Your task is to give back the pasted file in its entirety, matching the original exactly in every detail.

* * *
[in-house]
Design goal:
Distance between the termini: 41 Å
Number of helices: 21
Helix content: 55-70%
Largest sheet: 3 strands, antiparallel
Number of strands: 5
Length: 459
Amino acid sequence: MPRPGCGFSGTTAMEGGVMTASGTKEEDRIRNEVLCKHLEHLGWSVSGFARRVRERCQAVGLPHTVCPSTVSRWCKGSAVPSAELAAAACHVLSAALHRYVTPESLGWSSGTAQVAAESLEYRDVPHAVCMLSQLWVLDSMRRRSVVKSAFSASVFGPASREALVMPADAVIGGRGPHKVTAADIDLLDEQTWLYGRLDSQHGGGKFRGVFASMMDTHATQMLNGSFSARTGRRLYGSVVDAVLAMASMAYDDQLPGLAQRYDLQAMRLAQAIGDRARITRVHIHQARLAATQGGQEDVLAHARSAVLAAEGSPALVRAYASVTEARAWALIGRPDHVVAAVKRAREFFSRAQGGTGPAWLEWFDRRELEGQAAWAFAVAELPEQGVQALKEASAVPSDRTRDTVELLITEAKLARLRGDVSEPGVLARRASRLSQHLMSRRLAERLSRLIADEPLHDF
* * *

[in-house]
Design goal:
Distance between the termini: 41 Å
Number of helices: 21
Helix content: 55-70%
Largest sheet: 3 strands, antiparallel
Number of strands: 5
Length: 459
Amino acid sequence: MPRPGCGFSGTTAMEGGVMTASGTKEEDRIRNEVLCKHLEHLGWSVSGFARRVRERCQAVGLPHTVCPSTVSRWCKGSAVPSAELAAAACHVLSAALHRYVTPESLGWSSGTAQVAAESLEYRDVPHAVCMLSQLWVLDSMRRRSVVKSAFSASVFGPASREALVMPADAVIGGRGPHKVTAADIDLLDEQTWLYGRLDSQHGGGKFRGVFASMMDTHATQMLNGSFSARTGRRLYGSVVDAVLAMASMAYDDQLPGLAQRYDLQAMRLAQAIGDRARITRVHIHQARLAATQGGQEDVLAHARSAVLAAEGSPALVRAYASVTEARAWALIGRPDHVVAAVKRAREFFSRAQGGTGPAWLEWFDRRELEGQAAWAFAVAELPEQGVQALKEASAVPSDRTRDTVELLITEAKLARLRGDVSEPGVLARRASRLSQHLMSRRLAERLSRLIADEPLHDF